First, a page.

Saturday, 22 June 2013


Although the great majority of the people of the :
Philippines are Tagalog, the country is not ethnically homogeneous. In spite of
their small numbers the original inhabitants of the Philippines are the Agta
(diminutive Africoids), who still live there in some numbers and are commonly
and pejoratively called Pygmies, Negritos and Aeta, and a
variety of other names based upon their specific locale. In regards to
phenotype, broadly speaking, the Agta can be described as physically small and
unusually short in stature, dark-skinned, spiral-haired and broad-nosed. They
are an extremely ancient people and, I believe, close representatives of the
world's earliest modern humans.

Very similar groups of Black people in Asia reside in relative small numbers
in the Andaman Islands in the Bay of Bengal in the Indian Ocean north of the
Indonesian island of Sumatra, and in northern Malaysia and southern Thailand in
Southeast Asia. In Thailand they are commonly called Sakai. In Malaysia
they have been called Orang Asli (Original Man). Pejoratively they are
known as Semang, with the connotation of savage. It is very unfortunate
that the contributions of these small Black people to monumental high-cultures
characterized by urbanization, metallurgy, agricultural science and scripts
remain essentially unexamined.

The presence of diminutive Africoids (whom Chinese historians called "Black
Dwarfs") in early southern China during the period of the Three Kingdoms (ca.
250 C.E.) is recorded in the book of the Official of the Liang Dynasty
(502-556 C.E.). In Taiwan there are recollections of a group of people now
said to be extinct called "Little Black Man."

"They were described as short, dark-skinned people with short curly
hair....These people, presumably Negritos, disappeared about 100 years ago.
Their existence was mentioned in many Chinese documents of the Ching Dynasty
concerning Taiwan."

Similar groups of Black people have been identified in Japan, Vietnam,
Cambodia and Indonesia, and it seems almost certain that at one time a belt of
Black populations of this type covered much of Asia.

In stark contrast to the Agta (the People), the Tagalog seem to have
only entered the Philippines during the last several thousand years, and while
almost nothing is known of the early history of the Agta in the Philippines it
has been well-documented that they engaged in bitter martial conflicts with the
Spanish invaders, whose presence in the islands began in the sixteenth century.
Indeed, the country was named by the Spanish navigator Ruy Lopez de Villalobos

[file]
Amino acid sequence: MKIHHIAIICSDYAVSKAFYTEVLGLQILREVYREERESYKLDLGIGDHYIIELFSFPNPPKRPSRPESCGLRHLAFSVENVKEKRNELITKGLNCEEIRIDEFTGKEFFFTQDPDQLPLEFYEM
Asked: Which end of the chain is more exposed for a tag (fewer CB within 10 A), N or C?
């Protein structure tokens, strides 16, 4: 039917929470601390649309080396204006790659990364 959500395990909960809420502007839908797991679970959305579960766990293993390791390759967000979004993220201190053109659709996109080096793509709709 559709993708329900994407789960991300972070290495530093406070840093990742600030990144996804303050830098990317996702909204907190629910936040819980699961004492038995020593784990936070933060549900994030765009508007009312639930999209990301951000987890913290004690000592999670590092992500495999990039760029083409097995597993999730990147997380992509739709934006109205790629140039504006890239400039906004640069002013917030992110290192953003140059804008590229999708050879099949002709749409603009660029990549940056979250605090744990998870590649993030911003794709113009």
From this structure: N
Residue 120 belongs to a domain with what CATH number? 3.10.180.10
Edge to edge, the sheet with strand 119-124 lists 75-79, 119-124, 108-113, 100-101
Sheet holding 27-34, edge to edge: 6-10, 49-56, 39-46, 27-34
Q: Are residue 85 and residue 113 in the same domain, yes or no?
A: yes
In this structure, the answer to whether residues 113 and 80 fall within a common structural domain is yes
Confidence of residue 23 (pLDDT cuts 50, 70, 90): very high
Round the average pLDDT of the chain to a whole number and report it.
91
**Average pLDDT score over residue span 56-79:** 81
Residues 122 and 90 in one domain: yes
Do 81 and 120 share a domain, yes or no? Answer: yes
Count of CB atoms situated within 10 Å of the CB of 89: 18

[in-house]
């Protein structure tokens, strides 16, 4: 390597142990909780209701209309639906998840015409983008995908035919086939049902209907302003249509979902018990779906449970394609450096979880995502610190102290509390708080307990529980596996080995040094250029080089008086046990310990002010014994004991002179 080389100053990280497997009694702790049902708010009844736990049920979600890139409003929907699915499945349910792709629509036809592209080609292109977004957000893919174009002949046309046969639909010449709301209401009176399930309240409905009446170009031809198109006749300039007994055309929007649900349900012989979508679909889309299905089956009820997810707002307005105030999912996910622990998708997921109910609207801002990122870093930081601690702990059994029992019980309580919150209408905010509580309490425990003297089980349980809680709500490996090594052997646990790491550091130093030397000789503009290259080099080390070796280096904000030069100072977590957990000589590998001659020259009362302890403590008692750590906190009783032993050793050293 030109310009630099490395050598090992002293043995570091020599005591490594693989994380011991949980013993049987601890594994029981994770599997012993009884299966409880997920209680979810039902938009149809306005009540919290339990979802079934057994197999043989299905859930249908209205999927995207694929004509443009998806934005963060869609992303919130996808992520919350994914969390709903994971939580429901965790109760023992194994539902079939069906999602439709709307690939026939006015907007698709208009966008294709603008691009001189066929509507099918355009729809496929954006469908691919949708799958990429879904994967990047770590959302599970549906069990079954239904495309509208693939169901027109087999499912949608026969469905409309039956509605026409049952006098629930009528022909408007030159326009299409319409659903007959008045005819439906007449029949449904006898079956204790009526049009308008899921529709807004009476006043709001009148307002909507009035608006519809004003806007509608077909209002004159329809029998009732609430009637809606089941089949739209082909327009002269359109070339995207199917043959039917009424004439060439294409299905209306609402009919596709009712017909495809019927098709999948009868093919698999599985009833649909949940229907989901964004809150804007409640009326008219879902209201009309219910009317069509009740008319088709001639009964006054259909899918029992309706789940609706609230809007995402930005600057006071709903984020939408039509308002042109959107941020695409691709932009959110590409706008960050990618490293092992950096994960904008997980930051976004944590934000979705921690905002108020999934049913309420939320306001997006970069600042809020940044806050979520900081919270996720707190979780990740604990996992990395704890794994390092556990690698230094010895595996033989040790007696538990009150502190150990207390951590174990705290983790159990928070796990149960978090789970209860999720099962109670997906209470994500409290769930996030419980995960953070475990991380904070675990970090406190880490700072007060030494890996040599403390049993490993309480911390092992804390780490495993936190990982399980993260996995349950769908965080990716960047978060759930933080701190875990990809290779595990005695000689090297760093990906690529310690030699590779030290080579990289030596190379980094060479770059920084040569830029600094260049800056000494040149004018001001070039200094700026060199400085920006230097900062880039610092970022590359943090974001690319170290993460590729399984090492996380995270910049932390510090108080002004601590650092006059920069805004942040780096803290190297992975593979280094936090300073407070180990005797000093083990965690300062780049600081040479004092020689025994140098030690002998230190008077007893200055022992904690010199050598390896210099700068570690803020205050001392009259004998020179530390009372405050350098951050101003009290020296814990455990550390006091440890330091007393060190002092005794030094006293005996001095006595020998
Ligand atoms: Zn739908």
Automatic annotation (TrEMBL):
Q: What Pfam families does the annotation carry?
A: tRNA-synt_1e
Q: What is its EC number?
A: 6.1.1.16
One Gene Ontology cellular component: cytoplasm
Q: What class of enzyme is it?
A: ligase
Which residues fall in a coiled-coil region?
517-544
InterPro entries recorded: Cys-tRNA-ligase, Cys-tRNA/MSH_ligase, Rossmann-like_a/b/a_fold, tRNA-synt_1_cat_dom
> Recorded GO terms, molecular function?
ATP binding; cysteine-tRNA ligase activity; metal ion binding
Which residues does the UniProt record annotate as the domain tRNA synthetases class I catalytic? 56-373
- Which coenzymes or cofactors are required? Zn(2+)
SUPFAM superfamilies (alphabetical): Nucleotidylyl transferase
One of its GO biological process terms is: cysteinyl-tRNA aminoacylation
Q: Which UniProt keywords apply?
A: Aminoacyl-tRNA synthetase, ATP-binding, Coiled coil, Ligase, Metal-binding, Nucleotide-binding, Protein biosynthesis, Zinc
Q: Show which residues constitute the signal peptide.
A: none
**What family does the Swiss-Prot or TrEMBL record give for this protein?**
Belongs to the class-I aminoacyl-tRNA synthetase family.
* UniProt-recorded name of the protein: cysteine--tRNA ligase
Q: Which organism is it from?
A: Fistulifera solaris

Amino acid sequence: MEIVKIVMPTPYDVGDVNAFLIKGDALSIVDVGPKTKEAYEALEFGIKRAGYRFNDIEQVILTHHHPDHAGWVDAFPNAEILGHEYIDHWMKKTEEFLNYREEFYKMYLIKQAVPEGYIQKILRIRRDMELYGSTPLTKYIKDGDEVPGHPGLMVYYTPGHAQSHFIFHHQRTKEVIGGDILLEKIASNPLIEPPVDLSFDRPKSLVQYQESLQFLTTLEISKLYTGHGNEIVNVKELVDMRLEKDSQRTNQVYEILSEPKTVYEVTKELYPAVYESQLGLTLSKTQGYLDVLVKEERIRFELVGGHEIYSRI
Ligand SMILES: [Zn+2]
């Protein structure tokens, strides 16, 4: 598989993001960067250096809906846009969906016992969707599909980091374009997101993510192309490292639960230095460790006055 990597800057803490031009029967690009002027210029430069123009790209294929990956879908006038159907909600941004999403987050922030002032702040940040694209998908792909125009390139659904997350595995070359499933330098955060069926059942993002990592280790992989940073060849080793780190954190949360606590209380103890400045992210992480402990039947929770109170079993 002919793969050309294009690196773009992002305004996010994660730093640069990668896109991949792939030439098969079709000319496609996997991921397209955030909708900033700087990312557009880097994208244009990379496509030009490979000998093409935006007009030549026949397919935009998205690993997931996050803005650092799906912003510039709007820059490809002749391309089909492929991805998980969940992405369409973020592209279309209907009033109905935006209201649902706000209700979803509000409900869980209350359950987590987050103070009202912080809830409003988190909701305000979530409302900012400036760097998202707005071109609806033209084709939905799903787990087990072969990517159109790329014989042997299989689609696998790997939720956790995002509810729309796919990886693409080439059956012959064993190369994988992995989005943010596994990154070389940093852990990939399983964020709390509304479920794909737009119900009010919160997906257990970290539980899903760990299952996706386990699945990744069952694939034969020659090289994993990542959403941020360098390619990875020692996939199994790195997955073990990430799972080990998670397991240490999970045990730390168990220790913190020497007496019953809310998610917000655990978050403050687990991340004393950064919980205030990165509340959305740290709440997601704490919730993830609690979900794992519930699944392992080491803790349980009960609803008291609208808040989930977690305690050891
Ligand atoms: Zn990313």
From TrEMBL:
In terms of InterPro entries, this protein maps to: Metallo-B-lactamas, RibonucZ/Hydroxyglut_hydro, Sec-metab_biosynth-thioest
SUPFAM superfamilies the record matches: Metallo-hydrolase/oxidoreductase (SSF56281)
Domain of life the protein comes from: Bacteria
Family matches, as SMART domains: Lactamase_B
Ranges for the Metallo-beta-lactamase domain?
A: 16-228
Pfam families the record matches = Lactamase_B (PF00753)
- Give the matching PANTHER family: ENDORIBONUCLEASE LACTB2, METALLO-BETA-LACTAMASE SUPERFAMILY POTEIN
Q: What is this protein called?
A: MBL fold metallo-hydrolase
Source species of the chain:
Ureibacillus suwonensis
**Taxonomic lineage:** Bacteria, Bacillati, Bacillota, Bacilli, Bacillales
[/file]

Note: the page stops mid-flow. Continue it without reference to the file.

for Prince Philip of Asturias, who, as Philip II, became the king of Spain in
1542. It was also the Spaniards who named the native people of the Philippines
"Negritos" (Little Blacks).

The Spanish observed that "The Negritos, which our first conquerors found
were, according to tradition, the first possessors of the islands of this
Archipelago." Another account observed that "There are black negroes in this
island who pay tribute to no one." Similar documents affirm the widespread
presence and distribution of the Agta in the Philippines at the time of the
Spanish intrusion. "If we are to believe later historians, the shores of some
of the islands fairly swarmed with Negritos when the Spaniards arrived." The
Bisayan island of Negroes derives its name from having been an Agta population
center. Today, however, the Agta probably comprise less than one per cent of
the total population of the Philippines.

The Agta men amassed quite a reputation as warriors, and although the
accuracy of the report is somewhat questionable, it is said that the Agta were
"such enemies to the Spaniards, that if they happen to kill one, they invite all
their kindred, and rejoice for three days, drinking out of the skull, clear'd
for that purpose; by which means, they afterwards get wives the easier, as being
more courageous."

Dr. Pedro A. Gagelonia, a Filipino scholar, citing the commentaries of the
European colonizers of the Philippines regarding the Agta, wrote that:

"They were the aborigines of the Philippines, and for a long time had been
master of Luzon. At a time not very far distant, when the Spaniards conquered
the country, the Aetas levied a kind of blackmail from the Tagalog villages
situated on the banks of the lake of Bay (Laguna de Bay). At a fixed period
they quitted their forests, entered the village, and forced the inhabitants to
give them a certain quantity of rice and maize....After the conquest of the
Philippines by the Spaniards, the latter took upon themselves the defense of the
Tagalogs, and the Aetas, terrified by their firearms, remained in the forests,
and did not reappear among the Indians."


The violent volcanic eruptions of Mt. Pinutabo in June 1991 were particularly
devastating for the Agta. Alternately ignored and discriminated against, many
Agta lived on the slopes of the long-dormant volcano that is regarded as the
center of their cosmology. Forced down the mountain slopes by the eruptions,
numbers of Agta, who have historically relied on the herbal medicines now buried
under tons of mud and ash, have perished from dreadful epidemics of measles,
diarrhea and pneumonia.